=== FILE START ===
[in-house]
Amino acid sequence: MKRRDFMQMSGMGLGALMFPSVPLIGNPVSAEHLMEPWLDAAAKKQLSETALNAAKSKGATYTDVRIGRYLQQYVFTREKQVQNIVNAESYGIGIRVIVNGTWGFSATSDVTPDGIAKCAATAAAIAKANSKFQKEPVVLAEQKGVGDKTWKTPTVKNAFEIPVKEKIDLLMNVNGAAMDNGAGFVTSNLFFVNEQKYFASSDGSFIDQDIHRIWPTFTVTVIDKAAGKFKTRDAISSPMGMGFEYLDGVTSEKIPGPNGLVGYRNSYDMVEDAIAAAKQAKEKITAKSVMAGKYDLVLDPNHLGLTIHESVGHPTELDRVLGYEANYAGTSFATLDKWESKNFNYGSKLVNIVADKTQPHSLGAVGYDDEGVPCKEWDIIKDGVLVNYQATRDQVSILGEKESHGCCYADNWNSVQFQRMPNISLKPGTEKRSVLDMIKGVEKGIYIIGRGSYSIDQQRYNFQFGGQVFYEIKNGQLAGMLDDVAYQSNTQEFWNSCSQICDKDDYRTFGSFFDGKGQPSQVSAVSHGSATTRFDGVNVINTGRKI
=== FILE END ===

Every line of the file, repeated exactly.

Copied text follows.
[in-house]
Amino acid sequence: MKRRDFMQMSGMGLGALMFPSVPLIGNPVSAEHLMEPWLDAAAKKQLSETALNAAKSKGATYTDVRIGRYLQQYVFTREKQVQNIVNAESYGIGIRVIVNGTWGFSATSDVTPDGIAKCAATAAAIAKANSKFQKEPVVLAEQKGVGDKTWKTPTVKNAFEIPVKEKIDLLMNVNGAAMDNGAGFVTSNLFFVNEQKYFASSDGSFIDQDIHRIWPTFTVTVIDKAAGKFKTRDAISSPMGMGFEYLDGVTSEKIPGPNGLVGYRNSYDMVEDAIAAAKQAKEKITAKSVMAGKYDLVLDPNHLGLTIHESVGHPTELDRVLGYEANYAGTSFATLDKWESKNFNYGSKLVNIVADKTQPHSLGAVGYDDEGVPCKEWDIIKDGVLVNYQATRDQVSILGEKESHGCCYADNWNSVQFQRMPNISLKPGTEKRSVLDMIKGVEKGIYIIGRGSYSIDQQRYNFQFGGQVFYEIKNGQLAGMLDDVAYQSNTQEFWNSCSQICDKDDYRTFGSFFDGKGQPSQVSAVSHGSATTRFDGVNVINTGRKI